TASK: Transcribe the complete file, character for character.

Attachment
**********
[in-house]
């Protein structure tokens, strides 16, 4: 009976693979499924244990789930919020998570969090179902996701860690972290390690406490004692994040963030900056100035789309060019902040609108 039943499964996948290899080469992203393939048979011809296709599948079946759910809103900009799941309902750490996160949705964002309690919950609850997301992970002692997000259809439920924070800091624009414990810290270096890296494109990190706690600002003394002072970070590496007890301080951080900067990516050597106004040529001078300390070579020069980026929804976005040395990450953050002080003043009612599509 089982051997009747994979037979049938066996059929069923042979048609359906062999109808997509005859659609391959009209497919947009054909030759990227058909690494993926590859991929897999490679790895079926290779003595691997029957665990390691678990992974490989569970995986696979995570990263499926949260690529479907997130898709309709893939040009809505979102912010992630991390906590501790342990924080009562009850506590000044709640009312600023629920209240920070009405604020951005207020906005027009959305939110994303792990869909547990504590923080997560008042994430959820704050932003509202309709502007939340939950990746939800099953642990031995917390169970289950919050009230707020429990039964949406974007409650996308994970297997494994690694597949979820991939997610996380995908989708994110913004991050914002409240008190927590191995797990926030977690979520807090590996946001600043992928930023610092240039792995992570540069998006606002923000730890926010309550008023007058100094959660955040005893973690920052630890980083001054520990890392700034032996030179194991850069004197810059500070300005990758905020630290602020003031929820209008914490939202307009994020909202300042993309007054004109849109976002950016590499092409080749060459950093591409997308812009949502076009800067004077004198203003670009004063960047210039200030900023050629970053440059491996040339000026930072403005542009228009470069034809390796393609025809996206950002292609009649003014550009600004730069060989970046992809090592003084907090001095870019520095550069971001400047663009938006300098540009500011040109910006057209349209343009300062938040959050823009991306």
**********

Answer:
[in-house]
């Protein structure tokens, strides 16, 4: 009976693979499924244990789930919020998570969090179902996701860690972290390690406490004692994040963030900056100035789309060019902040609108 039943499964996948290899080469992203393939048979011809296709599948079946759910809103900009799941309902750490996160949705964002309690919950609850997301992970002692997000259809439920924070800091624009414990810290270096890296494109990190706690600002003394002072970070590496007890301080951080900067990516050597106004040529001078300390070579020069980026929804976005040395990450953050002080003043009612599509 089982051997009747994979037979049938066996059929069923042979048609359906062999109808997509005859659609391959009209497919947009054909030759990227058909690494993926590859991929897999490679790895079926290779003595691997029957665990390691678990992974490989569970995986696979995570990263499926949260690529479907997130898709309709893939040009809505979102912010992630991390906590501790342990924080009562009850506590000044709640009312600023629920209240920070009405604020951005207020906005027009959305939110994303792990869909547990504590923080997560008042994430959820704050932003509202309709502007939340939950990746939800099953642990031995917390169970289950919050009230707020429990039964949406974007409650996308994970297997494994690694597949979820991939997610996380995908989708994110913004991050914002409240008190927590191995797990926030977690979520807090590996946001600043992928930023610092240039792995992570540069998006606002923000730890926010309550008023007058100094959660955040005893973690920052630890980083001054520990890392700034032996030179194991850069004197810059500070300005990758905020630290602020003031929820209008914490939202307009994020909202300042993309007054004109849109976002950016590499092409080749060459950093591409997308812009949502076009800067004077004198203003670009004063960047210039200030900023050629970053440059491996040339000026930072403005542009228009470069034809390796393609025809996206950002292609009649003014550009600004730069060989970046992809090592003084907090001095870019520095550069971001400047663009938006300098540009500011040109910006057209349209343009300062938040959050823009991306």